One thing we weren't aware of at the time, but it became
evident as life wore on, was that we learned true
leadership from the finest examples any lad was ever
given - Chief Petty Officers. They were crusty old
guys who had done it all and had been forged into men
who had been time tested over more years than a lot of
us had time on the planet. T he ones I remember wore
hydraulic oil stained hats with scratched and dinged-up
insignias, faded shirts, some with a Bull Durham tag
dangling out of their right-hand pocket or pipe
and tobacco reloads in a worn leather pouch in their hip
pockets, with a Zippo that had been everywhere.
Some of them came with tattoos on their forearms that
would force them to keep their cuffs buttoned at a
Methodist picnic. Most of them were as tough as a
boarding house steak, a quality required to survive the
life they lived. They were, and always will be, a
breed apart from all other residents of Mother Earth.
They took eighteen year-old idiots and hammered them
into sailors. You knew instinctively it had to be
hell on earth to have been born a Chief's kid. God
should have given all sons born to Chiefs a return
option. A Chief didn't have to command respect, he
got it because there was nothing else you could give
them. They were God's designated hitters on earth.
We had Chiefs with fully loaded Combat Patrol Pins in my
day... Hard-core bastards, who found nothing out of
place with the use of the word 'Japs' to refer to the
little sons of Nippon they had littered the floor of the
Pacific as payback for the December 7th party they gave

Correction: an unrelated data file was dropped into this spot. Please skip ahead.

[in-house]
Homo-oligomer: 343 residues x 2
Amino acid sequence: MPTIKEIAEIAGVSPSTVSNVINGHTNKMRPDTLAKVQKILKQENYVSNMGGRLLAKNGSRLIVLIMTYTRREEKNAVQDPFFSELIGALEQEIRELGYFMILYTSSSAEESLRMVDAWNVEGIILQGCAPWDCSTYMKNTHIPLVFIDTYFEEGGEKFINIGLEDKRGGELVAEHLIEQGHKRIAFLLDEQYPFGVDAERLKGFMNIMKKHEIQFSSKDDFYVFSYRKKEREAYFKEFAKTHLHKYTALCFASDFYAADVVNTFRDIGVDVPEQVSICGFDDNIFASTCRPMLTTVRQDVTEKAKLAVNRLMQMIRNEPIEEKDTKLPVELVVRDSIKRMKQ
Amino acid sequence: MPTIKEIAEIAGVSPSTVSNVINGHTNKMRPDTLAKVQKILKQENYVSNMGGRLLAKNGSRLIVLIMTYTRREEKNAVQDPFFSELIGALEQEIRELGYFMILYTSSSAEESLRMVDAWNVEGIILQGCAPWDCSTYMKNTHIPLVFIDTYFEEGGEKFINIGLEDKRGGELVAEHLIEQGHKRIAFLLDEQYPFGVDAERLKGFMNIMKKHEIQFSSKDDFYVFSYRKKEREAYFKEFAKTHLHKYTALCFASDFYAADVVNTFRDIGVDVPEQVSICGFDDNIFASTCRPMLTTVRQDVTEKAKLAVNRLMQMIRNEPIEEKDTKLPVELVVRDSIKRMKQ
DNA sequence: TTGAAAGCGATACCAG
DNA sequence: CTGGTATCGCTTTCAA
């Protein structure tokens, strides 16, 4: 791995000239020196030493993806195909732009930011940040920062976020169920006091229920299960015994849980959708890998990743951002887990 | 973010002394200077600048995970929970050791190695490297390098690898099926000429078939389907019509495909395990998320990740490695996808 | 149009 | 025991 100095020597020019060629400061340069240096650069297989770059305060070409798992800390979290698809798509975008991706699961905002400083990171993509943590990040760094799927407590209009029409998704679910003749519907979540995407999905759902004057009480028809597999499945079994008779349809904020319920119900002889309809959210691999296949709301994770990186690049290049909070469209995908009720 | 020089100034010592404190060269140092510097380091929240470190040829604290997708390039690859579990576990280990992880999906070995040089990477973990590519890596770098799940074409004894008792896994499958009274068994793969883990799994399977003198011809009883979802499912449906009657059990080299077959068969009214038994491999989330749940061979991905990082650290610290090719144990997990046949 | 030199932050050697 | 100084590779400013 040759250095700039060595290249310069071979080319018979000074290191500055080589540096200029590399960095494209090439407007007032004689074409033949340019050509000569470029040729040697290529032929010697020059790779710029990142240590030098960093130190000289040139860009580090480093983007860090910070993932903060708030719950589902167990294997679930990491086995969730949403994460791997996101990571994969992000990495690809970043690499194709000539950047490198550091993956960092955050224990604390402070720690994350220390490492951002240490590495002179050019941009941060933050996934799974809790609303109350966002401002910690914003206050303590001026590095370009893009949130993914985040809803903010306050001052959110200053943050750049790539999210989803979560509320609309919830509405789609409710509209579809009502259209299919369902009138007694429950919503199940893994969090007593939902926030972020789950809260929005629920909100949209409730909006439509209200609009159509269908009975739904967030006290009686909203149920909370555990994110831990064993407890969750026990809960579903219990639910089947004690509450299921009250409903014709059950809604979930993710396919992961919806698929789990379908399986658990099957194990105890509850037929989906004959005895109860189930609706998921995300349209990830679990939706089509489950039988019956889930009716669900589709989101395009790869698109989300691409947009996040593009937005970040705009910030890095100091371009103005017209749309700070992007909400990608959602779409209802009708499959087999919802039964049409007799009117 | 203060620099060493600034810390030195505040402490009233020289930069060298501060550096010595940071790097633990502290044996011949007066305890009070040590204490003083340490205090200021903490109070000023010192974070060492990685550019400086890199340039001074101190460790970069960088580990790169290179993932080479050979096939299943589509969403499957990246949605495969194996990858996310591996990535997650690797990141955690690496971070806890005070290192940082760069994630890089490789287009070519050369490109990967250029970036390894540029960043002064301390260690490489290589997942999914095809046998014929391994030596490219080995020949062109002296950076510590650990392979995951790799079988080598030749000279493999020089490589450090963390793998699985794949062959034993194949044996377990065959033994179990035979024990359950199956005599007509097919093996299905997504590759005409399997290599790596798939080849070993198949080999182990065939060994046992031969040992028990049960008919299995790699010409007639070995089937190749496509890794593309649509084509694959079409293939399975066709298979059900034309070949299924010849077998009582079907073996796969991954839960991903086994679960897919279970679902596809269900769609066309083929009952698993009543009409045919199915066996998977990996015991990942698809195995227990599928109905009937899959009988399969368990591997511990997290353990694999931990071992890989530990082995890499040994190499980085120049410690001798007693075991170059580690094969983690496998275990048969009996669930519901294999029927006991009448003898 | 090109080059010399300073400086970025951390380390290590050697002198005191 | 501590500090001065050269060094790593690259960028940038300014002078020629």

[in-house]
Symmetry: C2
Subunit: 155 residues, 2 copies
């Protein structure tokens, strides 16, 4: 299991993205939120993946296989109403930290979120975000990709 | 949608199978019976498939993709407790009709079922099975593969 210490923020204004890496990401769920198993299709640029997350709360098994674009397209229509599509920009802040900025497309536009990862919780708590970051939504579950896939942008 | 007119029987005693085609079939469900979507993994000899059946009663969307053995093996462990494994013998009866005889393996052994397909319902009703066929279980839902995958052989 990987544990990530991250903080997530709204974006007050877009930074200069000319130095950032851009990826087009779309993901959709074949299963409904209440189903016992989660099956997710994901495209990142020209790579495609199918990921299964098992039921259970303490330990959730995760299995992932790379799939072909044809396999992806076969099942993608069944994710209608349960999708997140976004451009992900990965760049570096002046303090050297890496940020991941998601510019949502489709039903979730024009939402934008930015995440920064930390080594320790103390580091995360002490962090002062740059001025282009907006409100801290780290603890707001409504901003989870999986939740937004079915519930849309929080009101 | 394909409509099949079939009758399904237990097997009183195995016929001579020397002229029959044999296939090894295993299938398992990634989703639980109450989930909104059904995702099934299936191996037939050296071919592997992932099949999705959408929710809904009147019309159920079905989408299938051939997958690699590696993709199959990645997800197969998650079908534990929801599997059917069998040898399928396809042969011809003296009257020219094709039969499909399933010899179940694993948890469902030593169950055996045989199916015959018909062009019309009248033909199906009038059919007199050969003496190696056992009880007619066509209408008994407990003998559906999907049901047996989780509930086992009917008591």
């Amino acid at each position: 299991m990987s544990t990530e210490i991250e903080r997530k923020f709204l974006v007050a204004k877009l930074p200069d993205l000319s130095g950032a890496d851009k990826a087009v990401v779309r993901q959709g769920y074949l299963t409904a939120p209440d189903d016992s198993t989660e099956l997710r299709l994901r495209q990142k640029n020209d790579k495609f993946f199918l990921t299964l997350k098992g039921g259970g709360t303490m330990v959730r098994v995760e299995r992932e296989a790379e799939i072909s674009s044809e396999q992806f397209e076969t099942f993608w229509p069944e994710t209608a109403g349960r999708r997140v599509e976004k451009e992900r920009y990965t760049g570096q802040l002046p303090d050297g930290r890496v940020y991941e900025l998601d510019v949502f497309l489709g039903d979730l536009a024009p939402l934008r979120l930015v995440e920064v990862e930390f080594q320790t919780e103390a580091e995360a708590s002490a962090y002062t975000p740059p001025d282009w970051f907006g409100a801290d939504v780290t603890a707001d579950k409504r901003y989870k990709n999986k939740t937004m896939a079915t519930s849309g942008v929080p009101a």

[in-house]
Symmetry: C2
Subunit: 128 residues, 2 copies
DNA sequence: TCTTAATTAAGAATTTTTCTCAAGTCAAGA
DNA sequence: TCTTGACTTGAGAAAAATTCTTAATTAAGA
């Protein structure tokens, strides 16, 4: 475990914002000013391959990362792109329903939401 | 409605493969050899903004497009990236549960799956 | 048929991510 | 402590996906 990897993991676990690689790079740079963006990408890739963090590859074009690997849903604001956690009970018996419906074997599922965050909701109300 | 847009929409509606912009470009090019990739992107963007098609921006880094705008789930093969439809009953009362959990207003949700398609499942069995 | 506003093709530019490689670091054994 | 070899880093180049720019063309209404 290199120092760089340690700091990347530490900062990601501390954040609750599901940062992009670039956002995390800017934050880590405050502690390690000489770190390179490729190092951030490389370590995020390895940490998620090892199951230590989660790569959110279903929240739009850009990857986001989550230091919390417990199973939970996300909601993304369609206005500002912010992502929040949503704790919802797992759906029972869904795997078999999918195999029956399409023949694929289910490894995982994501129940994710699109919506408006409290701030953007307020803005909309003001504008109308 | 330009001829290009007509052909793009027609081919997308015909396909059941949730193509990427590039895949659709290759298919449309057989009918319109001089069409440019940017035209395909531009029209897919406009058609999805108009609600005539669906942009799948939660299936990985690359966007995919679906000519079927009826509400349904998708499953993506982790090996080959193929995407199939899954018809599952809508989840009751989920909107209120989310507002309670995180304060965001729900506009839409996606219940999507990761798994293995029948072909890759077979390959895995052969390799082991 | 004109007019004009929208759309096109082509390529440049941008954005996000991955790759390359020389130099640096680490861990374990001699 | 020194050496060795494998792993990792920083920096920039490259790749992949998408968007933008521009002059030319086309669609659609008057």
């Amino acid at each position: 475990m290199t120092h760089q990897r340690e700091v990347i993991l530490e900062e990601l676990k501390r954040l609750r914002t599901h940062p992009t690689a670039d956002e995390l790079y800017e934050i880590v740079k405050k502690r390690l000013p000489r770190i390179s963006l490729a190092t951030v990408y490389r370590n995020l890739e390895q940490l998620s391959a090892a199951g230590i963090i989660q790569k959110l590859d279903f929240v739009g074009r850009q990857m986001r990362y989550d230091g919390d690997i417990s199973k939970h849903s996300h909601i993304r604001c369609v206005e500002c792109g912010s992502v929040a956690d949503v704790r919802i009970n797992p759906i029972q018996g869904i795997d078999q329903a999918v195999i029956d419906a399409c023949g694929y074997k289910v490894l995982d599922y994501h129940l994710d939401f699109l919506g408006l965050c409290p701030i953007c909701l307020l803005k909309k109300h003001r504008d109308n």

us in 1941. As late as 1970 you could still hear a
Chief Petty Officer screaming at you in boot camp to
listen to him, because if you didn't, the damn gooks
would kill us. They taught me in those days,
'insensitivity' was not a word in a sailor's lexicon.
They remembered lost mates and still cursed the cause of
their loss... And they were expert at choosing
descriptive adjectives and nouns, none of which their
mothers would have endorsed. At the rare times you
saw a Chief topside in dress canvas, you saw rows of
hard-earned, worn and faded ribbons over his pocket.
"Hey Chief, what's that one and that one?" "Oh Hell,
kid, I think it was the time I fell out of a hookers
bed; I can't remember, there was a war on. They
gave them to us to keep track of the campaigns were in.
We got our news from AFVN and Stars and Stripes.
To be honest, we just took their word for it.
Hell, son, you couldn't pronounce most of the names of
the villages we went to. They're all gee-dunk.
Listen, kid, ribbons don't make you a Sailor. The
Purple one on top? OK, I do remember earning that one.
We knew who the heroes were and in the final analysis
that's all that matters." Many nights we sat in
the after mess deck wrapping ourselves around cups of
coffee and listening to their stories. They were
lighthearted stories about warm beer shared with their
running mates in corrugated metal hooches at rear base
landing zones, where the only furniture was a few
packing crates and a couple of Coleman lamps.
Standing in line at a Philippine cathouse or spending
three hours soaking in a tub in Bangkok, smoking cigars
and getting loaded. It was our history. And we